Walter has made a good beginning in this direction. Any successful ethical code has to be life-oriented, and focused upon personal and family survival. None of these perverted activities build strong character, independence, self-control, or teach moderation. Intemperance, promiscuous sex and taking drugs lead to self-destruction of both the mind and body, and hence are to be avoided and shunned. These vices will undoubtedly exist in a stateless world, as they do in a statist environment. Thus we must teach our children that it takes morally strong individuals to resist both the lure of the State and the seemingly attractive snares of libertinism. They must learn that if they cannot govern themselves, then some- one else will try to rule them. Only self-controlled individuals can earn freedom and liberty. People must be good and virtuous to be free in mind, body, and spirit.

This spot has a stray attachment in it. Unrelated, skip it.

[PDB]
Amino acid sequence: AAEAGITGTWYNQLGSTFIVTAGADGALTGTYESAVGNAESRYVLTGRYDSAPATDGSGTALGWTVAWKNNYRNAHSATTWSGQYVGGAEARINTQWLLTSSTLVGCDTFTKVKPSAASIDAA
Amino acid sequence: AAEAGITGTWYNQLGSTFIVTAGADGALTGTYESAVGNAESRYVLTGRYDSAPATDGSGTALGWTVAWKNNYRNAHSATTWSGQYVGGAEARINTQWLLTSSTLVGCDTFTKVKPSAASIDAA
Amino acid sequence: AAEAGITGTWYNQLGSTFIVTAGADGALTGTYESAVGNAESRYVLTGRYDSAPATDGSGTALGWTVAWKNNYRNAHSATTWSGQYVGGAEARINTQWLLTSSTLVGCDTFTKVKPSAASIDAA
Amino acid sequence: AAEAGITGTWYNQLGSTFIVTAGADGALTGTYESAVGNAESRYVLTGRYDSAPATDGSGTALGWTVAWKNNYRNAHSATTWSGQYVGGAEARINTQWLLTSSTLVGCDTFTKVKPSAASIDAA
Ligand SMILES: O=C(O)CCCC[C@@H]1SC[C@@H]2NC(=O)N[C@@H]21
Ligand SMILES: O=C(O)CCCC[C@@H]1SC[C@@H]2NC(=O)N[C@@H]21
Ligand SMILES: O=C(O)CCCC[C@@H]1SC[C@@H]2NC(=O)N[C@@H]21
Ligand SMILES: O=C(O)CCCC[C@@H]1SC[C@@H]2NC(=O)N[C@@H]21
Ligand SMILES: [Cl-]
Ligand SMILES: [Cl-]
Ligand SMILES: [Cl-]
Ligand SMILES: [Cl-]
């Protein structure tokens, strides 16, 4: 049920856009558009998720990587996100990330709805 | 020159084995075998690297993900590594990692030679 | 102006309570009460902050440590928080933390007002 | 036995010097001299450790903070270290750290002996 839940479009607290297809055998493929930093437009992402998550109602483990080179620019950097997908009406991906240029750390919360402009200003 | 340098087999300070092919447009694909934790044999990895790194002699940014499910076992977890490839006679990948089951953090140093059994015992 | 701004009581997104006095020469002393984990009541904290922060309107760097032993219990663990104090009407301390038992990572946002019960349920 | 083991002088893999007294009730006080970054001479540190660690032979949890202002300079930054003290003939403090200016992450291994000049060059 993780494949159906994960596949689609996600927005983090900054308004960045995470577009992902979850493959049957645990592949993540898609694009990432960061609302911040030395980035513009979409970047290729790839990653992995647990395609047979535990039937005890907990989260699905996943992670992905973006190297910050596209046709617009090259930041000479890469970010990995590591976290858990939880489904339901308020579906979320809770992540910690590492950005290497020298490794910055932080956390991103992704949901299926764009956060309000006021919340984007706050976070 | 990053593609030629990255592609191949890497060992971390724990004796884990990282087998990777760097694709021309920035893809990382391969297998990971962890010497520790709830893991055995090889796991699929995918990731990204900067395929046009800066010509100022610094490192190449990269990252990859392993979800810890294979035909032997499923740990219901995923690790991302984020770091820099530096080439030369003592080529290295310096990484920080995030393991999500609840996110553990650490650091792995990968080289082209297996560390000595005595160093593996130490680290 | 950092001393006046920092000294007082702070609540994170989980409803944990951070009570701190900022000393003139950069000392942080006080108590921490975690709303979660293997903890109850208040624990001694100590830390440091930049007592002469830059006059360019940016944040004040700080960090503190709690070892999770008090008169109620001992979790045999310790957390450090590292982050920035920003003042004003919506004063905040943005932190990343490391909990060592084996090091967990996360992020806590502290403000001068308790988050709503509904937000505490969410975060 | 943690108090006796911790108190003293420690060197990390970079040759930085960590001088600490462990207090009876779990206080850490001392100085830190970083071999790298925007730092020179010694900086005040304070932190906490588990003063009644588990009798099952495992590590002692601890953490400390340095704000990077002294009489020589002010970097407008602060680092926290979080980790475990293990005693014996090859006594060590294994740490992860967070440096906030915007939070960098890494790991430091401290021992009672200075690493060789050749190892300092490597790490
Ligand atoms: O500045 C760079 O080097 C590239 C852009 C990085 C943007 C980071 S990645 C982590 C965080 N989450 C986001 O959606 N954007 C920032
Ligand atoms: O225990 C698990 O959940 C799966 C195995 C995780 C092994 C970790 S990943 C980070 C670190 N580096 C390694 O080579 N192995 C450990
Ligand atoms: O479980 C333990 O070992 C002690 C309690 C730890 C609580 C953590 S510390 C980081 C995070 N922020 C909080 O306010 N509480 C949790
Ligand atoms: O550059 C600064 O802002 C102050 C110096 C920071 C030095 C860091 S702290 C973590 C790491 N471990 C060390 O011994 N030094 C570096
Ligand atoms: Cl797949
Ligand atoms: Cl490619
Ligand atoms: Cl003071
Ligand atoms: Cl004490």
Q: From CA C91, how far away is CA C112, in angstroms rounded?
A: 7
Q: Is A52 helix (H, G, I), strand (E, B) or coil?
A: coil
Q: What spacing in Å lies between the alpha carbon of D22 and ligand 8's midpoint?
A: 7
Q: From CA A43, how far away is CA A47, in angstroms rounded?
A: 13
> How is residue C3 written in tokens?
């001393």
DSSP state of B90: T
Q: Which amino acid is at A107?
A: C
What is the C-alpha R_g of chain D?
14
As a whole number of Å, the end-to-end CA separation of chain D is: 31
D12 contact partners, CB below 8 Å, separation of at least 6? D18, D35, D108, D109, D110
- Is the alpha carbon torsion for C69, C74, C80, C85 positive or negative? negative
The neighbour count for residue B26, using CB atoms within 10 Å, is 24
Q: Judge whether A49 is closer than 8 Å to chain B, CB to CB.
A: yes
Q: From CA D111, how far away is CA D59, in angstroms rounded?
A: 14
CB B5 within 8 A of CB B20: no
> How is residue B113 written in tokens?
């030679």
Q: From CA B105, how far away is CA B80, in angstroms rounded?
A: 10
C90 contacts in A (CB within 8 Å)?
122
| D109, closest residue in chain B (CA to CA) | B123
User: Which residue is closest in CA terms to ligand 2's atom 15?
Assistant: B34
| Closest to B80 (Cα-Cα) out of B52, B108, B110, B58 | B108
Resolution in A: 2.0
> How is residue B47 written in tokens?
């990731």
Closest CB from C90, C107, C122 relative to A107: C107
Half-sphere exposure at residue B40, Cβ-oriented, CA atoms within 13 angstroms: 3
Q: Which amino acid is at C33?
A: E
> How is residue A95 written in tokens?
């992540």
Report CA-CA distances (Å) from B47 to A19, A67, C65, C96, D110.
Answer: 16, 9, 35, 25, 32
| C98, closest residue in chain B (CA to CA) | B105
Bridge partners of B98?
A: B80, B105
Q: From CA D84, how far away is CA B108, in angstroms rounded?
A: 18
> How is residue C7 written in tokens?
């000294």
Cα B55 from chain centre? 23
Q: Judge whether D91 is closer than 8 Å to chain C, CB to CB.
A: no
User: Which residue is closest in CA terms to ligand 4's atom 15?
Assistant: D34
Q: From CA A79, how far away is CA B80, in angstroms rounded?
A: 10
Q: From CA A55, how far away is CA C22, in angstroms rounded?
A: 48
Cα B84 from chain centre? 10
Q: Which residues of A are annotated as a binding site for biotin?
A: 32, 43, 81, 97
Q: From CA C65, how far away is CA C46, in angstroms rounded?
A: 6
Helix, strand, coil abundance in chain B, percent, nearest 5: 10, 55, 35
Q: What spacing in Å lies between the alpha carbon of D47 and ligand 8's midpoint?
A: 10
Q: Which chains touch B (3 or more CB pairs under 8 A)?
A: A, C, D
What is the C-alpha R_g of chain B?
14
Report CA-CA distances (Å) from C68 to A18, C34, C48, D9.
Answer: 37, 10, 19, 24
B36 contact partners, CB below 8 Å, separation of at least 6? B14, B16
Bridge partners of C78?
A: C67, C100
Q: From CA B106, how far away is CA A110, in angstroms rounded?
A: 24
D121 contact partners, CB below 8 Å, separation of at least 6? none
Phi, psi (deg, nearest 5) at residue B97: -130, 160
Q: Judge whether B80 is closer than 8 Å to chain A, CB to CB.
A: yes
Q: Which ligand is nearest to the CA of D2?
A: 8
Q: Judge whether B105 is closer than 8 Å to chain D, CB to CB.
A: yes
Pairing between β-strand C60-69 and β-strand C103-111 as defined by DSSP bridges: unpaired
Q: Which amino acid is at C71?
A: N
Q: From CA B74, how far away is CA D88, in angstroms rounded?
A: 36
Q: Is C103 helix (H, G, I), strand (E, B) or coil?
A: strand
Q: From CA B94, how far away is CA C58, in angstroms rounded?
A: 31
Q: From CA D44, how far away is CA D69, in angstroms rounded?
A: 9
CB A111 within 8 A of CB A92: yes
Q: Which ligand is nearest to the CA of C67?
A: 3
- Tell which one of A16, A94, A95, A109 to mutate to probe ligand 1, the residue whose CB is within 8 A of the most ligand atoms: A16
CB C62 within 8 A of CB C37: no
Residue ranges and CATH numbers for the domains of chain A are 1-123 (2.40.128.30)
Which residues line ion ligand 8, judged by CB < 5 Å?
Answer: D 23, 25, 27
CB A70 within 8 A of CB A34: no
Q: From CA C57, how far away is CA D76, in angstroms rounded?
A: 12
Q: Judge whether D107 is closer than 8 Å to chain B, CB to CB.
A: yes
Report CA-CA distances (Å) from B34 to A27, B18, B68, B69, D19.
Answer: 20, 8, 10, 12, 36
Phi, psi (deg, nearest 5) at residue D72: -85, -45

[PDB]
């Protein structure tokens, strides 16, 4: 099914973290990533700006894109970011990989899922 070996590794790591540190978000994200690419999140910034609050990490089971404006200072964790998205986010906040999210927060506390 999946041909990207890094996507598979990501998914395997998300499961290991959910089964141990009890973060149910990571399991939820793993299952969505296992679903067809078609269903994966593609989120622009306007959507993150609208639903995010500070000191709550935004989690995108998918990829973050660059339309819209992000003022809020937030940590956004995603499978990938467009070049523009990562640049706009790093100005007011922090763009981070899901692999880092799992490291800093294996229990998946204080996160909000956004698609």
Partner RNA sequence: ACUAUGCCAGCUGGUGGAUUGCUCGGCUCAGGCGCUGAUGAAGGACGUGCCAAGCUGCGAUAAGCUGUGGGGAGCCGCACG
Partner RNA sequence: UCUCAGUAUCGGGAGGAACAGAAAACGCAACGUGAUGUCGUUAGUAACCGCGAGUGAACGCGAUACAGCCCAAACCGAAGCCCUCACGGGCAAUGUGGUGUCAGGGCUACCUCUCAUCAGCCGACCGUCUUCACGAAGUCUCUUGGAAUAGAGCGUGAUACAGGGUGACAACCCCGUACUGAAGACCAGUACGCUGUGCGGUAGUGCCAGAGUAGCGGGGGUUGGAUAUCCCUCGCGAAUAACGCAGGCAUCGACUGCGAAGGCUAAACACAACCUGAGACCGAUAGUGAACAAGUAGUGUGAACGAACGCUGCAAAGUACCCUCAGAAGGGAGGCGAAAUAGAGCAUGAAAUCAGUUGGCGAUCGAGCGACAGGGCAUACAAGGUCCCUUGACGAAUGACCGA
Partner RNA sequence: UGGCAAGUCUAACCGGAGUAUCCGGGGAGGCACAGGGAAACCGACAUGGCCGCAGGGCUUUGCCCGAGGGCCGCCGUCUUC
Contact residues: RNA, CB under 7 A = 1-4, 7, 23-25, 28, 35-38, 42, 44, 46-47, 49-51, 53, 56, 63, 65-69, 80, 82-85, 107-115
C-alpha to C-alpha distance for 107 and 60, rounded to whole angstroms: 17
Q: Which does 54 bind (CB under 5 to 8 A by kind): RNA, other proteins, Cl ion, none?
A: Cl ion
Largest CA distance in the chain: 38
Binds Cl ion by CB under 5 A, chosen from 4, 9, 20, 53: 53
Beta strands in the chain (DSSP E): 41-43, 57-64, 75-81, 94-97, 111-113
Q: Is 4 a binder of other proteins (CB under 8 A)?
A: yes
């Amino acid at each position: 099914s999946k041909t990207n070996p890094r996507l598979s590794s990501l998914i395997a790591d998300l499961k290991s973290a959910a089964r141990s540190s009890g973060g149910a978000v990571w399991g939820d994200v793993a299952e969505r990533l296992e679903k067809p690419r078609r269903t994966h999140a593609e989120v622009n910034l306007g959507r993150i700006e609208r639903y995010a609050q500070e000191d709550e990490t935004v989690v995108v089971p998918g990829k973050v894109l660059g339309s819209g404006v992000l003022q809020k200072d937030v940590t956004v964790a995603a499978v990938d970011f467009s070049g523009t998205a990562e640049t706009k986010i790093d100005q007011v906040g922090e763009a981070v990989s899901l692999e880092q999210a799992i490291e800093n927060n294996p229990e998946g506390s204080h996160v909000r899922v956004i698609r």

Proper discipline of our children teaches them how to be self-governors. This in turn leads to success in the disciplines of life. Self-discipline is critical to success in every realm of life. If you can teach them correct principles, ultimately you’ll be teaching them to govern themselves. This in turn leads to a freer society. This recalls the words of Albert Jay Nock, who wrote that the only thing that the individual can do “is to present society with ‘one improved unit.’” A person who practices all sorts of vices is not an “improved” or improving person. “It is easy to prescribe improvement of others… to pass laws.” But the voluntaryist method is “the method of each ‘one’ doing his best to improve” himself. This is the “quiet” or “patient” way of changing society because it concentrates upon bettering the character of men and women as individuals. As the individual units change, the improvement of society will take care of itself. In other words, “If one takes care of the means, the end will take care of itself.”